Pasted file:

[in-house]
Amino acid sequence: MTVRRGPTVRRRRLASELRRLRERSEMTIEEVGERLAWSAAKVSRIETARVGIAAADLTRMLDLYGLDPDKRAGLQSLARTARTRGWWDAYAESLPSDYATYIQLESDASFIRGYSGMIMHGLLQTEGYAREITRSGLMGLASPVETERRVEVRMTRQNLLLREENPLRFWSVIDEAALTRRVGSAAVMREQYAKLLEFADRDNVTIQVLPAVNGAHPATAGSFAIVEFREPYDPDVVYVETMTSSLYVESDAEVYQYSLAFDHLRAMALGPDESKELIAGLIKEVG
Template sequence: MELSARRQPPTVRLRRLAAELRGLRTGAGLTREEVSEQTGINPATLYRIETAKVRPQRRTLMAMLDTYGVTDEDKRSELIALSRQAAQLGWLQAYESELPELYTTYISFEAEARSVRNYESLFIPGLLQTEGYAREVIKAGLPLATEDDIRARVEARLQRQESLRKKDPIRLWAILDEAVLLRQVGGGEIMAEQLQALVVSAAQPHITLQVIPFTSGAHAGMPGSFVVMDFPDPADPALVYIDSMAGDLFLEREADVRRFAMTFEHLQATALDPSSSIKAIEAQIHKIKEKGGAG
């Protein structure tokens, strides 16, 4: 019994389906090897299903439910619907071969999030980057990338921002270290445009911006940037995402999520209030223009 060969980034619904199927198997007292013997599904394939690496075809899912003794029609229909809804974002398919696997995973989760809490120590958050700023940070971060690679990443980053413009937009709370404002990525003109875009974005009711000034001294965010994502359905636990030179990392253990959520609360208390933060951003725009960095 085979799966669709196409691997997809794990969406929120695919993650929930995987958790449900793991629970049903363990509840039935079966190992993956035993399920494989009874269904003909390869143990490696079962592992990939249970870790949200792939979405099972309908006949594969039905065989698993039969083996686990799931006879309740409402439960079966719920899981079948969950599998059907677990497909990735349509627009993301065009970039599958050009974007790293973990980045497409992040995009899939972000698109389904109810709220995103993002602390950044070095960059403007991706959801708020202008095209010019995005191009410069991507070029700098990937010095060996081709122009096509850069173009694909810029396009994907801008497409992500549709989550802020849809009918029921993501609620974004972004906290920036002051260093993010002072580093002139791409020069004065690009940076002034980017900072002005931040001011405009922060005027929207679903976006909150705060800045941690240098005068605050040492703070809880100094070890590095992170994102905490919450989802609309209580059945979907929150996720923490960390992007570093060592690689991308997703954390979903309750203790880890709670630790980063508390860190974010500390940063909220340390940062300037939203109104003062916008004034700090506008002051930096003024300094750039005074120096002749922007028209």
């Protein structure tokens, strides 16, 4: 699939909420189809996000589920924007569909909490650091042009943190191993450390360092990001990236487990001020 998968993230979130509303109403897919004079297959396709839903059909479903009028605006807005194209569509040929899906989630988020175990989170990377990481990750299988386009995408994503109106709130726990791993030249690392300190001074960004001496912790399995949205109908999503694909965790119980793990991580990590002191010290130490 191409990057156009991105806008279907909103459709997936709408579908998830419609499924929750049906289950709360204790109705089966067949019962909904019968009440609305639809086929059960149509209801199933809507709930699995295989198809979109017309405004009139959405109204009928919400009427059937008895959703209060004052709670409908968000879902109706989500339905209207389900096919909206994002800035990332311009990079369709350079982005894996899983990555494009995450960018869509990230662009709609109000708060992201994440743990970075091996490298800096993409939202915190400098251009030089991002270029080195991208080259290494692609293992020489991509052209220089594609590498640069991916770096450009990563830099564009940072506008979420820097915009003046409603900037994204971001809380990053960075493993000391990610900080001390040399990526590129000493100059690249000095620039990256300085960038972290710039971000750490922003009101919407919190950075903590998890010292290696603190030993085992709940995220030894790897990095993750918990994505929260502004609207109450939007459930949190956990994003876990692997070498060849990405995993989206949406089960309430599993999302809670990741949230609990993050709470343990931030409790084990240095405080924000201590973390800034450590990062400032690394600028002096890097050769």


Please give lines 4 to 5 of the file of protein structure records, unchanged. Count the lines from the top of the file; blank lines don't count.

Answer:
């Protein structure tokens, strides 16, 4: 019994389906090897299903439910619907071969999030980057990338921002270290445009911006940037995402999520209030223009 060969980034619904199927198997007292013997599904394939690496075809899912003794029609229909809804974002398919696997995973989760809490120590958050700023940070971060690679990443980053413009937009709370404002990525003109875009974005009711000034001294965010994502359905636990030179990392253990959520609360208390933060951003725009960095 085979799966669709196409691997997809794990969406929120695919993650929930995987958790449900793991629970049903363990509840039935079966190992993956035993399920494989009874269904003909390869143990490696079962592992990939249970870790949200792939979405099972309908006949594969039905065989698993039969083996686990799931006879309740409402439960079966719920899981079948969950599998059907677990497909990735349509627009993301065009970039599958050009974007790293973990980045497409992040995009899939972000698109389904109810709220995103993002602390950044070095960059403007991706959801708020202008095209010019995005191009410069991507070029700098990937010095060996081709122009096509850069173009694909810029396009994907801008497409992500549709989550802020849809009918029921993501609620974004972004906290920036002051260093993010002072580093002139791409020069004065690009940076002034980017900072002005931040001011405009922060005027929207679903976006909150705060800045941690240098005068605050040492703070809880100094070890590095992170994102905490919450989802609309209580059945979907929150996720923490960390992007570093060592690689991308997703954390979903309750203790880890709670630790980063508390860190974010500390940063909220340390940062300037939203109104003062916008004034700090506008002051930096003024300094750039005074120096002749922007028209």
């Protein structure tokens, strides 16, 4: 699939909420189809996000589920924007569909909490650091042009943190191993450390360092990001990236487990001020 998968993230979130509303109403897919004079297959396709839903059909479903009028605006807005194209569509040929899906989630988020175990989170990377990481990750299988386009995408994503109106709130726990791993030249690392300190001074960004001496912790399995949205109908999503694909965790119980793990991580990590002191010290130490 191409990057156009991105806008279907909103459709997936709408579908998830419609499924929750049906289950709360204790109705089966067949019962909904019968009440609305639809086929059960149509209801199933809507709930699995295989198809979109017309405004009139959405109204009928919400009427059937008895959703209060004052709670409908968000879902109706989500339905209207389900096919909206994002800035990332311009990079369709350079982005894996899983990555494009995450960018869509990230662009709609109000708060992201994440743990970075091996490298800096993409939202915190400098251009030089991002270029080195991208080259290494692609293992020489991509052209220089594609590498640069991916770096450009990563830099564009940072506008979420820097915009003046409603900037994204971001809380990053960075493993000391990610900080001390040399990526590129000493100059690249000095620039990256300085960038972290710039971000750490922003009101919407919190950075903590998890010292290696603190030993085992709940995220030894790897990095993750918990994505929260502004609207109450939007459930949190956990994003876990692997070498060849990405995993989206949406089960309430599993999302809670990741949230609990993050709470343990931030409790084990240095405080924000201590973390800034450590990062400032690394600028002096890097050769």